Adding an Indoor Pool to Your Club?

Here are 10 Keys to Getting the Most for your Money

Water and oil don't mix, but water and exercise certainly do, and aquatic exercise is here to stay for Fitness Club owners who want a competitive edge over their dry-land competitors. As competitive pressures and construction costs rise in tandem, it is more important than ever for club owners who opt for water programming to get it right. Before you dive into an indoor aquatics project of any size, consider these 10 points to prevent design oversights:

  1. Water Temperature: Lap swimmers can tolerate nothing warmer than 82 Aquatic exercisers and students in swim lessons want nothing colder than 86 degrees. Rehabilitation and therapy users require temperatures of 90 degrees or higher. Therefore, owners of many full service clubs are building three separate pools to deliver optimal water temperatures for aquatic activities. Hot whirlpools must reach 105 degrees, and cold plunge pools must maintain 55 degrees. Often, these pools are adjacent to each other, which can result in cooling systems fighting heating systems. Non­ insulated cold piping that shares a pipe trench with non-insulated hot piping will lead to a lifetime of excessive energy costs and dissatisfied members.
  2. Heating and Cooling the Water: For both indoor and outdoor venues, the science of heating and cooling pool water requires careful analysis of loads, equipment sizing, routing of piping and energy And don’t rule out solar assisted heating. The savings you'll get on your energy bills from solar heating can pay back the added cost of roof-mounted solar collectors. These are all engineering matters.  You are not an engineer.  Get help from qualified aquatic professionals who are not in the business of selling pool equipment.
  3. Water Treatment: The hype about salt-based chlorination systems is The water feels better, smells cleaner, looks clearer and is easier on the skin and the eyes. The key to success for salt chlorination is three­ fold. You must understand bather load, as high bather densities may rule out salt systems. Specify on-site system start-up assistance and pool operator training by the salt system vendor. And you must detail compatible systems and components for filtration, heating, pH balance and corrosion resistance – another job for a qualified aquatic design professional.
  4. Indoor Air Quality: Deck-level air exhaust is absolutely essential to remove chloramines from the lap swimmer’s breathing This is best accomplished by exhausting the surge tank and gutter chamber and by locating return air grills at deck level. In all but the driest of climates, you must provide mechanical dehumidification of an indoor pool environment. These dehumidification units are large, heavy, difficult-to-locate pieces of equipment that require regular maintenance.
  5. Indoor Air Balance: No one likes to detect the odor of a pool when they walk into the main lobby of a club and doors alone won't do the The best prevention method is to maintain positive air pressure in all dry areas and negative air pressure in all wet areas. This assures a steady migration of air from dry areas to wet areas and fights against the upstream flow of odor/vapor­laden air.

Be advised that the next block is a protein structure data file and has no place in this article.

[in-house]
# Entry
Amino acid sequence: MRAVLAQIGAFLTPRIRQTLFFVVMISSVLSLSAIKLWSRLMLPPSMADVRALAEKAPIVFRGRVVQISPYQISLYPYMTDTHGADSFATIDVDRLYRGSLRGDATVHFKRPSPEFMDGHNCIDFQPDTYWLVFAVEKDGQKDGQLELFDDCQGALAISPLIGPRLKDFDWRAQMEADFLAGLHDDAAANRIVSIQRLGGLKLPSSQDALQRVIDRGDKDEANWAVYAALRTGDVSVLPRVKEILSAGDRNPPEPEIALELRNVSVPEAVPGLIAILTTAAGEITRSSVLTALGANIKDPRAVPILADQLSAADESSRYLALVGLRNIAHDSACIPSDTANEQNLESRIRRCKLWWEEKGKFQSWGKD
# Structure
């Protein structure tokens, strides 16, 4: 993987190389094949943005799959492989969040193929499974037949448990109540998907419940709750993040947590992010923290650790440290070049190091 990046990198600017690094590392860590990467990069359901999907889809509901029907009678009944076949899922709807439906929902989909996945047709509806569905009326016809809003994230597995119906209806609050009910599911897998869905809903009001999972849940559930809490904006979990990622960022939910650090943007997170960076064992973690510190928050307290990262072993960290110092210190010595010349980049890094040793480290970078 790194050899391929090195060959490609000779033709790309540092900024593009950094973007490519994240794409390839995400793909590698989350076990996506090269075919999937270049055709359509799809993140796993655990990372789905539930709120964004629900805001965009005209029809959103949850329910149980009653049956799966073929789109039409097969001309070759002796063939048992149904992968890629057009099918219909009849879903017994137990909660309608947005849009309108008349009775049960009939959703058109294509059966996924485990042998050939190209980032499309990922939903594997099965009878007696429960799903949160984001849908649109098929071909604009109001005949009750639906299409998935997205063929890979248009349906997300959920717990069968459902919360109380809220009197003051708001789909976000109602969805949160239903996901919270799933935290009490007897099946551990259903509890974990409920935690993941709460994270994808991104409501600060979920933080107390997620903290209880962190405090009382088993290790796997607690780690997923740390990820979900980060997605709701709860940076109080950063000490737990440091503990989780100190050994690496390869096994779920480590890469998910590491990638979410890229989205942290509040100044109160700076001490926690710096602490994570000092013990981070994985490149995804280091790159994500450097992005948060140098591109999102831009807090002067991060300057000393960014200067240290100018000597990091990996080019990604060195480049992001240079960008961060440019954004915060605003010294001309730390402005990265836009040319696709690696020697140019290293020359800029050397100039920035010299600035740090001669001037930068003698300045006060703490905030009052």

6. Corrosion: Avoid the use of steel components -- even stainless steel -- in aquatic This includes door handles, grab rails and fasteners. Safe material choices include glass, concrete, aluminum, and ceramic tile and epoxy coatings. Use of dry wall and acoustic ceiling panels in a pool environment should be avoided.  Total containment of vapor migration through all perimeter walls of the natatorium is a must. This requires a vapor barrier.
  7. Optimizing the User Experience: All pools should have step-in/step-out access Many people in the prime target market for aquatic programming will not do well with ladder-only climb outs. Depth profiles should be purpose driven. Lane walking is a common entry-level aquatic exercise and requires consistent lane-by-lane depths with some variation for individual height. Be mindful of your lane widths for lap swimmers. Know your customer. Only the most capable lap swimmers can share a lane.  For them, you can provide full competitive lane widths of 7 feet, 6 inches. The typical recreational lap swimmer, on the other hand, prefers a private lane that can be 5 to  6 feet in width.
  8. Gutters Skimmers: For superior water quality and wave quelling, the simple - although more expensive - choice is a gutter pool with a continuous perimeter gutter which can likely add $35,000 to  $75,000 to the cost of a pool.
  9. Decks and Deck Hands down, the best deck finish choice for cost, esthetics, cleanliness, non-slip and durability are 1-inch by 1-inch ceramic mosaic tiles. The best choice for deck drainage is a recessed strip drain located at the junction of the deck and pool shell. If styling and disctinctive esthetics are a priority, more expensive and great looking options are available. Where economy is a  priority, a smooth, light broom finish concrete will suffice but be prepared for staining issues as concrete can be difficult to maintain as a pristine surface.
  10. ADA Compliance: Avoid ramped entries into pools. Underwater ramps can be slippery, are a huge waste of water surface and are unneeded for disabled Deck-mounted hoists or transfer platforms will satisfy accessibility requirements.

Much of the advice offered above, can be boiled down to a simple suggestion: Seek professional assistance and use this blog as an agenda for the design kick-off meeting!